New study links strains of gut microbiota to m

(May 4, 2022, Lyon, France) A new study has identified strains of gut microbiota associated with more severe strokes and poorer post-stroke recovery, revealing that the gut microbiome may be an important factor in risk of stroke and its results1.

The study, presented today at the European Stroke Organization Conference (ESOC 2022), identified specific groups of bacteria associated with poorer neurological recovery after ischemic stroke, both in the acute phase (24 hours) and after three months.

Research has identified several types of bacteria associated with ischemic stroke risk, including Fusobacterium and Lactobacillus. Negativibacillus and Lentisphaeria were associated with more severe stroke in the acute phase (at 6 and 24 hours respectively) and Acidaminococcus linked to poor functional outcome at three months.

Dr Miquel Lledós, lead author from the Pharmacogenomics and Stroke Genetics Laboratory at the Sant Pau Research Institute, Barcelona, ​​Spain, said: “The influence of the gut microbiome – the trillions of bacteria and other microorganisms that live in the gut – is a modifiable risk factor associated with stroke risk and with post-stroke neurological outcomes. However, most research has already been done in animal models.

“In this study, we collected fecal samples – the first samples taken after the event – ​​from 89 humans who had suffered an ischemic stroke. By comparing with a control group, we were able to identify several groups of bacteria associated with a higher risk of ischemic stroke.

An ischemic stroke occurs when a clot or other blockage blocks the blood supply to the brain and is the most common type of stroke. In Europe, 1.3 million people suffer a stroke each year and it is the second most common cause of death.2.

“This discovery opens up the exciting prospect that in the future, we may be able to prevent strokes or improve neurological recovery by examining the gut microbiota. In other pathologies, clinical trials are underway where researchers replace gut flora with dietary changes or fecal transplantation from healthy individuals and this should be further investigated in the area of ​​stroke.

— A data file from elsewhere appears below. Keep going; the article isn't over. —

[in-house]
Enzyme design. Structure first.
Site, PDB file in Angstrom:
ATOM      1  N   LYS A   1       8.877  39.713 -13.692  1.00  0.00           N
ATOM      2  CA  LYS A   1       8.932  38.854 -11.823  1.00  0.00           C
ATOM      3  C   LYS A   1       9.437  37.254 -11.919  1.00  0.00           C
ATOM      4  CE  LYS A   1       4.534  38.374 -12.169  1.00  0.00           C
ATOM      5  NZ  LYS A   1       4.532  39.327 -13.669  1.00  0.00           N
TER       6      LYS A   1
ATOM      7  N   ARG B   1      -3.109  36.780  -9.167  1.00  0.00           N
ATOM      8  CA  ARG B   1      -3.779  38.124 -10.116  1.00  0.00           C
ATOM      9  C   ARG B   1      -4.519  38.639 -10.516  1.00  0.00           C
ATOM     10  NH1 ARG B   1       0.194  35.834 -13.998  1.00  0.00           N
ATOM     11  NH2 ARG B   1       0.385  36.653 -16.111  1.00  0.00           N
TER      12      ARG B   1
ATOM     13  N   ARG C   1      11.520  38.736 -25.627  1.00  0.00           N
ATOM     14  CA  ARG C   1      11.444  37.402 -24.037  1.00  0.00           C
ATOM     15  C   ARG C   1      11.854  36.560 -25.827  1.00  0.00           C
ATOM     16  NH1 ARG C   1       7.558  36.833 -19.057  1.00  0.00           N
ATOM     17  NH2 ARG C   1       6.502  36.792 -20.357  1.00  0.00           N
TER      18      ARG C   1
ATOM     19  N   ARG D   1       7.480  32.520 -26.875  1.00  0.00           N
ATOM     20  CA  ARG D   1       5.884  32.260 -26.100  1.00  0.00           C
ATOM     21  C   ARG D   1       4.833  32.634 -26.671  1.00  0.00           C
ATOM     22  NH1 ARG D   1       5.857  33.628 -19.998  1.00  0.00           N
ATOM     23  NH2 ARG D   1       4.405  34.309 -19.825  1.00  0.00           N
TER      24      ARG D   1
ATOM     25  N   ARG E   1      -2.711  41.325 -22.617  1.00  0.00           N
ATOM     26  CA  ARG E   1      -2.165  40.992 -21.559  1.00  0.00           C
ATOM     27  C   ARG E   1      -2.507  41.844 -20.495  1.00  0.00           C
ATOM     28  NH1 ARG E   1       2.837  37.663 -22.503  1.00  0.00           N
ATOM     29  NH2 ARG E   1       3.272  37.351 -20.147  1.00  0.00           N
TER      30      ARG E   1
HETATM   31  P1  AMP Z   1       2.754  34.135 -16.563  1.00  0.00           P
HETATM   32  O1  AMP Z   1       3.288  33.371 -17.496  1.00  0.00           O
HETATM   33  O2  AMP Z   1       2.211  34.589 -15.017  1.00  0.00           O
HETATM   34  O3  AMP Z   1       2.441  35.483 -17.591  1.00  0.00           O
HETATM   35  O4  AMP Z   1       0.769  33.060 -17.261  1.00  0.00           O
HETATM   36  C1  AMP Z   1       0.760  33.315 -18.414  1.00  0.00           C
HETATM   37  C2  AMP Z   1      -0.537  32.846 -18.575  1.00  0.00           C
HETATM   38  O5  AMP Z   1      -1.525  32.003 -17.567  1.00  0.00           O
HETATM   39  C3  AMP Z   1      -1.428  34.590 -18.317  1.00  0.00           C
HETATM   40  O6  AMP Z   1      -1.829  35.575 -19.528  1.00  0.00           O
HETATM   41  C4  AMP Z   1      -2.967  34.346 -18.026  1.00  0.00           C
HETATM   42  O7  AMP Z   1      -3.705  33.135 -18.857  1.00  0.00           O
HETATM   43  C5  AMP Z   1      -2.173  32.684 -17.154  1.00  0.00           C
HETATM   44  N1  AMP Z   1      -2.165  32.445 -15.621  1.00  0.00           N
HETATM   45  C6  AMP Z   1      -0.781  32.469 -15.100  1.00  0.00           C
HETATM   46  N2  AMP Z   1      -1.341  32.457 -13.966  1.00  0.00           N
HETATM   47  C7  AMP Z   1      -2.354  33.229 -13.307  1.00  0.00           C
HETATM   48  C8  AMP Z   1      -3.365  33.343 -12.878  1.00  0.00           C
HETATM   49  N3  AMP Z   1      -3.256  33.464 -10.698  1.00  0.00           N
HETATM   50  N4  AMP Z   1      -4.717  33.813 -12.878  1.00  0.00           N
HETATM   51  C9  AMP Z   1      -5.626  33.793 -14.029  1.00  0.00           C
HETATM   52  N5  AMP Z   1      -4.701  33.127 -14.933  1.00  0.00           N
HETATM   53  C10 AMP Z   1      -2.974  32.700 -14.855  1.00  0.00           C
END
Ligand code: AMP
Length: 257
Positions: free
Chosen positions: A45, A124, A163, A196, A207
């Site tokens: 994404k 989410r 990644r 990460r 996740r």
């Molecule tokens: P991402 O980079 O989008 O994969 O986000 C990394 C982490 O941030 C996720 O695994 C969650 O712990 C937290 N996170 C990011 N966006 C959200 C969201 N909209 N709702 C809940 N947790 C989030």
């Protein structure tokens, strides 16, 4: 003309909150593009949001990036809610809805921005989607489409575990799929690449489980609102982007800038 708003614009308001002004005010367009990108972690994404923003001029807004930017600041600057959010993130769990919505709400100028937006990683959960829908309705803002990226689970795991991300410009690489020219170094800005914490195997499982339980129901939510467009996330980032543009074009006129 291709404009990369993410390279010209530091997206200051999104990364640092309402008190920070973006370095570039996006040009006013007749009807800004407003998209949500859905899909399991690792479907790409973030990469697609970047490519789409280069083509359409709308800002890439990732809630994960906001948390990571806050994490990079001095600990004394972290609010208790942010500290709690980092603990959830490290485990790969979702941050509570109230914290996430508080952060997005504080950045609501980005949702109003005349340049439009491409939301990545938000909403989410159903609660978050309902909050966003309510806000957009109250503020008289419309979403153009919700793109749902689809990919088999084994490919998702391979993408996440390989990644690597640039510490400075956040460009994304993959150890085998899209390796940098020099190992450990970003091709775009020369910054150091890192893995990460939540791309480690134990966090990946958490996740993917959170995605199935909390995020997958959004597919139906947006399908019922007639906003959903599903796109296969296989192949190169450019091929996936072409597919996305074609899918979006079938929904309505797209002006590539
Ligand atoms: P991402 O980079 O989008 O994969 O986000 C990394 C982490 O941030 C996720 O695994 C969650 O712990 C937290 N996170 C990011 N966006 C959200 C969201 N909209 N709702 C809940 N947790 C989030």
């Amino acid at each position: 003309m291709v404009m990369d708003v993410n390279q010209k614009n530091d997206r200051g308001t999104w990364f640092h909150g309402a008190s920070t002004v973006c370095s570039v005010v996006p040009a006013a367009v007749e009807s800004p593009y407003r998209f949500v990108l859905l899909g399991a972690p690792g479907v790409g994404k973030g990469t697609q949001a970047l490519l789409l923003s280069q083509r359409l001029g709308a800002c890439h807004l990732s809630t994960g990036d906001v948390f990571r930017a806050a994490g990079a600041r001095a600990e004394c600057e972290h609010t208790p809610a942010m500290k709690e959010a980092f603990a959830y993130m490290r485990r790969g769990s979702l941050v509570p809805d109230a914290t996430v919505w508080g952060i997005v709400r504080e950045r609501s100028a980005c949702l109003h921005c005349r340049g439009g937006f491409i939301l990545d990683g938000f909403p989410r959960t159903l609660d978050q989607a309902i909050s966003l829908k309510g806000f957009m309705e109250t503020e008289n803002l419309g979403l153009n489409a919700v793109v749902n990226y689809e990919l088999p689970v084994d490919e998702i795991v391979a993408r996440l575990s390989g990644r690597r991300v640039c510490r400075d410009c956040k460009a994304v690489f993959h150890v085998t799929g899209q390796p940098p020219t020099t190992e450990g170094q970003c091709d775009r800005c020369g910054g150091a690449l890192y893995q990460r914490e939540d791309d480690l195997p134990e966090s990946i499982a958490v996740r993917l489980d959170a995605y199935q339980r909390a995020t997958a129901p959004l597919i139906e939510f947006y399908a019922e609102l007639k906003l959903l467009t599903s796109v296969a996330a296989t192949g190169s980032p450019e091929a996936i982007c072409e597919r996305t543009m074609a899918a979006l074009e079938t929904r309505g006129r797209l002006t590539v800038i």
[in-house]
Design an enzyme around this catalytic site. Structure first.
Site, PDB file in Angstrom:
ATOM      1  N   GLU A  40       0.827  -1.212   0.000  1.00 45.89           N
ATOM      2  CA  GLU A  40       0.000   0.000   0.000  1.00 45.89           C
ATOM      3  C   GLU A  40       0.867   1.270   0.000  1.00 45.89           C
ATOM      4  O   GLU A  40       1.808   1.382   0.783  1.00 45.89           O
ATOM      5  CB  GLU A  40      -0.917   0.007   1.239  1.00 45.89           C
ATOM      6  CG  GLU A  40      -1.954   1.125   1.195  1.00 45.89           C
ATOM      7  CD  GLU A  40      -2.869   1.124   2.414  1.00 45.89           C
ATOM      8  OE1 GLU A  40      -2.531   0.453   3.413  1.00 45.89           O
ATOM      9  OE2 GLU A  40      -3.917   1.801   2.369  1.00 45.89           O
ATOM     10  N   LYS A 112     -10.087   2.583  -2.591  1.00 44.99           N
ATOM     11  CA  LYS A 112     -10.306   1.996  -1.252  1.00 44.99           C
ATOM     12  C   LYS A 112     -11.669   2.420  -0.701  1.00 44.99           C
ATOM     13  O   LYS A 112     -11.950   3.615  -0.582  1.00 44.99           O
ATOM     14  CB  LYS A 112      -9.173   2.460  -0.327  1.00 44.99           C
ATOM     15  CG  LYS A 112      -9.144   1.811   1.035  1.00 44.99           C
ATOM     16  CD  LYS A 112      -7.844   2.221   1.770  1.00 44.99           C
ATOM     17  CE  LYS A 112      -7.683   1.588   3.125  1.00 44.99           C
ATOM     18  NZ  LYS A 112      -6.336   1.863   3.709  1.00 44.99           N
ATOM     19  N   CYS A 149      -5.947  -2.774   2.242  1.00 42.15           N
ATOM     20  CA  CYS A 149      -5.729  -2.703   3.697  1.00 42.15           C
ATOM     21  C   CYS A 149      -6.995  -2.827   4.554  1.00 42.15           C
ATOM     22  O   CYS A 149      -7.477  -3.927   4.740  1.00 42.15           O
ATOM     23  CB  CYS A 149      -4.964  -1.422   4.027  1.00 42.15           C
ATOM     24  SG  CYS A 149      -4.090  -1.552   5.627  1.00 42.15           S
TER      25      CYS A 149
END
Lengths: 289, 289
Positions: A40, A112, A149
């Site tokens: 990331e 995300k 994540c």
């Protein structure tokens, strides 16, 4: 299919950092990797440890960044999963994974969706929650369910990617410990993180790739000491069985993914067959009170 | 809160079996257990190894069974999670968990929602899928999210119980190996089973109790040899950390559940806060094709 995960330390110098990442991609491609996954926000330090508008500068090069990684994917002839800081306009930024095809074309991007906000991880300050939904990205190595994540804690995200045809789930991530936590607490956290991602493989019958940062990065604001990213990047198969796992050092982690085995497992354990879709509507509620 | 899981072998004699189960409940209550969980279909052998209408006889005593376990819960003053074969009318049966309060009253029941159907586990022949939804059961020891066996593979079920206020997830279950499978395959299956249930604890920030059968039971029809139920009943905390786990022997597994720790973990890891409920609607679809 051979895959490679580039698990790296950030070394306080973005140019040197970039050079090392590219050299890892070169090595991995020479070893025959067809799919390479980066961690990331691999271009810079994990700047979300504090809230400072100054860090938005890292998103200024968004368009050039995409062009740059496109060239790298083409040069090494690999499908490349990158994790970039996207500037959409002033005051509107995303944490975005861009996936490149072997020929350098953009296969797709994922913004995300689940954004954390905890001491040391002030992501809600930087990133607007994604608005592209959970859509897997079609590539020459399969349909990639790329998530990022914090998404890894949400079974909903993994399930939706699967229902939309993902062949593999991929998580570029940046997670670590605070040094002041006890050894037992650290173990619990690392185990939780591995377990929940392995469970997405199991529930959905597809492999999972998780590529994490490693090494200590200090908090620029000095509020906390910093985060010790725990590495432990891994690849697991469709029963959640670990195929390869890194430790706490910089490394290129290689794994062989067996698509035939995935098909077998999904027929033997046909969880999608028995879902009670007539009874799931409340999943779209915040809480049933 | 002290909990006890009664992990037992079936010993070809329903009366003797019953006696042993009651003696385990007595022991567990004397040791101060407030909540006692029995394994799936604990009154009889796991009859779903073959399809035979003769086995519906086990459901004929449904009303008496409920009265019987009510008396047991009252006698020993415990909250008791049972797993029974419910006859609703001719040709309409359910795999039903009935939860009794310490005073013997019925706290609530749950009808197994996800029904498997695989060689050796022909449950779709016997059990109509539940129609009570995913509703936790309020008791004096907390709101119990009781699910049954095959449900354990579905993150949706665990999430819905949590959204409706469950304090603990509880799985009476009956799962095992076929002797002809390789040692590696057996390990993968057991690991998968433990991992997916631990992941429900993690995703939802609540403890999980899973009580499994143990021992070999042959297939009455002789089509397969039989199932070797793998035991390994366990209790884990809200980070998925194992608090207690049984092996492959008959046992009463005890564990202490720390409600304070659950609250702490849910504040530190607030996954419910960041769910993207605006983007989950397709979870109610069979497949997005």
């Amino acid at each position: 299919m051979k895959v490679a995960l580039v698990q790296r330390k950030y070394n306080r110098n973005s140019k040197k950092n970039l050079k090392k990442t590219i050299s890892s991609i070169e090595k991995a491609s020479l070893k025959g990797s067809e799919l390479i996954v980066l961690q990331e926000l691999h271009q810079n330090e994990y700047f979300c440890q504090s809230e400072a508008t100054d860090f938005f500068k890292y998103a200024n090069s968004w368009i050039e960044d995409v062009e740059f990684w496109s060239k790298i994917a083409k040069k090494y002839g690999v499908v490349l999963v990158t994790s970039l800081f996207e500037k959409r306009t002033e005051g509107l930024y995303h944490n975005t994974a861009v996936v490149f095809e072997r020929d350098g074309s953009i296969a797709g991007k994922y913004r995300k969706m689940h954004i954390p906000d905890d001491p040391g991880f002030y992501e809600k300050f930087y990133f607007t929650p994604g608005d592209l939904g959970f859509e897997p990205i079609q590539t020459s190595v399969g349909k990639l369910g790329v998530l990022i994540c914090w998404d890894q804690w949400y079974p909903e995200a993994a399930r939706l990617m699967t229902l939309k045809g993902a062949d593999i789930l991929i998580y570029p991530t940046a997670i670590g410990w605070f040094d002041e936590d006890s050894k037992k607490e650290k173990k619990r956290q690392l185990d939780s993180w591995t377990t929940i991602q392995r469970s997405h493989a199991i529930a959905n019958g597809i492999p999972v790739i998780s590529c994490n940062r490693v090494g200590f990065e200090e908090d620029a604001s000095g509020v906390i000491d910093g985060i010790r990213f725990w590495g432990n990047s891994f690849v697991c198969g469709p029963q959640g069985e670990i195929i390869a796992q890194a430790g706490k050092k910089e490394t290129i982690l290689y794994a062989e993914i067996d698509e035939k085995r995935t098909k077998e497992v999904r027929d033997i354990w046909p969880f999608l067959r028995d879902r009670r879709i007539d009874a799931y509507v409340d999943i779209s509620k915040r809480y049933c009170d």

The association between certain strains of gut bacteria and the risk of ischemic stroke has been strengthened in another study presented at ESOC this week by a team from Yale University, Connecticut, USA3.

The researchers analyzed statistics from the Flemish Gut Flora project and the MEGASTROKE consortium, using a technique called Mendelian randomization (MR) which measures gene variation to examine the causal effect of an outcome or exposure. The study identified 20 microbial traits significantly associated with the risk of developing at least one ischemic stroke subtype.

ENDS

Notes to editors:

A reference to the European Stroke Organization (ESO) conference should be included in any coverage or article associated with this study and research.

For more information or to arrange an interview with an expert, please contact Luke Paskins or Sean Deans at [email protected], [email protected] or [email protected], or call + 44 (0) 208 154 6396.

About the author of the study:

Dr. Miquel Lledós is from the Pharmacogenomics and Stroke Genetics Laboratory at the Sant Pau Research Institute, Barcelona, ​​Spain.

About ESO:

The European Stroke Organization (ESO) is a pan-European society of stroke researchers and doctors, national and regional stroke societies and non-professional organisations, founded in December 2007. ESO is an NGO made up of individual and organizational members. The goal of ESO is to reduce the burden of stroke by changing the way stroke is viewed and treated. This can only be achieved through professional and public education and by making institutional changes. ESO is the voice of stroke in Europe, harmonizing stroke management across Europe and taking action to reduce the burden.

Four facts about stroke:

  1. In 2017, there were 1.12 million first strokes in the EU, 9.53 prevalent stroke cases and 460,000 stroke-related deaths4
  2. In 2017, 7.06 million disability-adjusted years were lost due to stroke in the EU4
  3. By 2047, it is estimated that there will be 40,000 additional strokes per year in the EU (a 3% increase).4
  4. 80% of premature heart disease and stroke are preventable5

References:

  1. Influence of the Gut Microbiome on Ischemic Stroke Risk and Ischemic Stroke Outcome, presented at the European Stroke Organization Conference, May 4, 2022.
  2. status and prospects of acute stroke care in Europe | Stroke (ahajournals.org)
  3. The gut microbiome influences the risk of acute ischemic stroke: a Mendelian randomization study, presented at the European Stroke Organization Conference, May 5, 2022.
  4. https://www.ahajournals.org/doi/10.1161/STROKEAHA.120.029606
  5. https://www.euro.who.int/en/health-topics/noncommunicable-diseases/cardiovascular-diseases/data-and-statistics

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